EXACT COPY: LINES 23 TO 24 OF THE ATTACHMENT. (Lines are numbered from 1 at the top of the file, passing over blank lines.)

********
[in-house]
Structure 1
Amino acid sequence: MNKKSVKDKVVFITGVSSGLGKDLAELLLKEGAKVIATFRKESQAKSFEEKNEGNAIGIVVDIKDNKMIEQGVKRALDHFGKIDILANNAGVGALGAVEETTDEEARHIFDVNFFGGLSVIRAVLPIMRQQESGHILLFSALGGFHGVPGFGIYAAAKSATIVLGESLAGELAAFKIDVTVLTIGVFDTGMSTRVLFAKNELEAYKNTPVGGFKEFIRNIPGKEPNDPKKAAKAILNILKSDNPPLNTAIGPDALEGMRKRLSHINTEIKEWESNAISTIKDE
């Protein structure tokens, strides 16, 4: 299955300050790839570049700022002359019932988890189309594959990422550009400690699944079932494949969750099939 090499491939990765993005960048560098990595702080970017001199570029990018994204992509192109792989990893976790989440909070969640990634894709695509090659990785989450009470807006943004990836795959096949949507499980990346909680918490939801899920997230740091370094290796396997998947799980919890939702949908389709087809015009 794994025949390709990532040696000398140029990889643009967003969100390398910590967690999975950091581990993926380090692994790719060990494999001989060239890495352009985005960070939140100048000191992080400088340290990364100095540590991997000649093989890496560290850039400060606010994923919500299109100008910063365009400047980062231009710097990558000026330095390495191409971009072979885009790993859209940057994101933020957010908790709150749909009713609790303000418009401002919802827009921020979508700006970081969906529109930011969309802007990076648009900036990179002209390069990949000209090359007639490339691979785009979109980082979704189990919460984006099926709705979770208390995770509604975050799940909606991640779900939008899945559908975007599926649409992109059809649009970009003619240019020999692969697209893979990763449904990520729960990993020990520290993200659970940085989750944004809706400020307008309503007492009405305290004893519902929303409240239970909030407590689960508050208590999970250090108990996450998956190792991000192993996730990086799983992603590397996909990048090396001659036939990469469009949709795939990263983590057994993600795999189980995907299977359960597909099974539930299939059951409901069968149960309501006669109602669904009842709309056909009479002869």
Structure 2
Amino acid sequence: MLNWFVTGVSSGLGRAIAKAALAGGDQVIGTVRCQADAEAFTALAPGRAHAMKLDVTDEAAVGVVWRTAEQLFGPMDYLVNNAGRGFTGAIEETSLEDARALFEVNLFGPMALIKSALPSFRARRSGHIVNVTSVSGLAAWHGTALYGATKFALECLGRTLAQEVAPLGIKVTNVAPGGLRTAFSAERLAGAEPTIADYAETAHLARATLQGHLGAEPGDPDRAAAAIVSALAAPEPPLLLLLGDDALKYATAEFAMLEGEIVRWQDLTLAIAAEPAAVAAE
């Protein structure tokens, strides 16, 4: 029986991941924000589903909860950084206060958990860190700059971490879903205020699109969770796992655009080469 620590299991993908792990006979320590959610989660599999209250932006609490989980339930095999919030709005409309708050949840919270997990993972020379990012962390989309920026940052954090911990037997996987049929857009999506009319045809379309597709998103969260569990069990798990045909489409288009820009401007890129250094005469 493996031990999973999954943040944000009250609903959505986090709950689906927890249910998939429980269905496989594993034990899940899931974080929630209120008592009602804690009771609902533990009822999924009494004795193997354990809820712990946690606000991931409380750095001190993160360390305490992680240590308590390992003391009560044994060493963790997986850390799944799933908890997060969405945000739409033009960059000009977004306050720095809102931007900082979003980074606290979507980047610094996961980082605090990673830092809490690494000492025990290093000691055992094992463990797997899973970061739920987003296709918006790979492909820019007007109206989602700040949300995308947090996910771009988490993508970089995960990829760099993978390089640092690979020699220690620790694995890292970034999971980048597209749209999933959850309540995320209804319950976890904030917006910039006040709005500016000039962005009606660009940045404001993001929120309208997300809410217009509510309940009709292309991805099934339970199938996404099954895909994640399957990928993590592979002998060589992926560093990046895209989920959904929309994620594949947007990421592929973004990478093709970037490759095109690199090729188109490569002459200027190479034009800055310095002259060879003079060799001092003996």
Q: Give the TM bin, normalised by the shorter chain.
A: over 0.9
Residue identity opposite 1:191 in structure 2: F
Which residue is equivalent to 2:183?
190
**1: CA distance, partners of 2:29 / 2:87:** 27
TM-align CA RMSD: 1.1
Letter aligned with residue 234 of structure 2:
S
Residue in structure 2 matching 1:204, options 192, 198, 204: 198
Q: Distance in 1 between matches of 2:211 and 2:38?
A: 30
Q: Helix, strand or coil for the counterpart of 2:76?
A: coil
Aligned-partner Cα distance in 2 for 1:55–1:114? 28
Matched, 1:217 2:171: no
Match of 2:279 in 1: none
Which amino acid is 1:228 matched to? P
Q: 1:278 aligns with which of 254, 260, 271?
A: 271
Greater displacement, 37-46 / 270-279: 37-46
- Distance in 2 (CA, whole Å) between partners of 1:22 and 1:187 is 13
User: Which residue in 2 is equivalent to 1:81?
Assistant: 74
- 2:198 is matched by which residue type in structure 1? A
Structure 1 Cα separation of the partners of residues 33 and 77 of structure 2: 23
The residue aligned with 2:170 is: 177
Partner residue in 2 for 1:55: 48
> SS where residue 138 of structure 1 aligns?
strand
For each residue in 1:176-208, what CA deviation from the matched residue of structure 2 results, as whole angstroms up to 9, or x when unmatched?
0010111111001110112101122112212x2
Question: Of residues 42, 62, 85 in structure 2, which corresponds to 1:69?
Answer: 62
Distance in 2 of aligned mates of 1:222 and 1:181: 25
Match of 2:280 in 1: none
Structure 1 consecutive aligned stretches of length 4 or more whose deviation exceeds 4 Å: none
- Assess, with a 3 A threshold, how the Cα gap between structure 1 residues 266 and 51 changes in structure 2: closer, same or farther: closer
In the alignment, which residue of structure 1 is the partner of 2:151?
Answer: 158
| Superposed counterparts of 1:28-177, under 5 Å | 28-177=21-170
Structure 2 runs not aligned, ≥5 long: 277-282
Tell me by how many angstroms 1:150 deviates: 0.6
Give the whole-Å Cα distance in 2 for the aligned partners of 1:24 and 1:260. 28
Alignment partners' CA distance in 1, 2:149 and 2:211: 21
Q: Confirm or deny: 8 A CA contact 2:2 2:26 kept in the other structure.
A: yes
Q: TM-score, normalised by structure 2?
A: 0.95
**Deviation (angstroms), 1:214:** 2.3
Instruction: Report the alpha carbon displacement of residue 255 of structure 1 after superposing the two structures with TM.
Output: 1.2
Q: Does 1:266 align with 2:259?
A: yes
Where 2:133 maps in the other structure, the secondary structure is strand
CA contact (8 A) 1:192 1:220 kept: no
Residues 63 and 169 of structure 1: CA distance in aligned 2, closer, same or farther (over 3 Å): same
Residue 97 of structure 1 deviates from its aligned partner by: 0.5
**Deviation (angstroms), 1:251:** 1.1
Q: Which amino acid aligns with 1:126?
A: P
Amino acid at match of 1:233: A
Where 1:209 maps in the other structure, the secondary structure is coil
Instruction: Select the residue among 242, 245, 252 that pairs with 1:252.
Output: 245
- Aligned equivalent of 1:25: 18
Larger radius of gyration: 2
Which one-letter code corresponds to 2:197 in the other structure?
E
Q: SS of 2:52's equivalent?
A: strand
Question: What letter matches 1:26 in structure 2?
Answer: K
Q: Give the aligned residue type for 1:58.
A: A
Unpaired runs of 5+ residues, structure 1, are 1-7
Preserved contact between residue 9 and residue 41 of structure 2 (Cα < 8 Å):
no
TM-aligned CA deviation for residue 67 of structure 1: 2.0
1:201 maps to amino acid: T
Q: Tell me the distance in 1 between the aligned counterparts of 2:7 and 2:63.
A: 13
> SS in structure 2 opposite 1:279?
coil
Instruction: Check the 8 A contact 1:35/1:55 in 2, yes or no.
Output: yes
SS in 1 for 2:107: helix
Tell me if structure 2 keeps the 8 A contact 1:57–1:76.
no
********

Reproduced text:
Matched, 1:217 2:171: no
Match of 2:279 in 1: none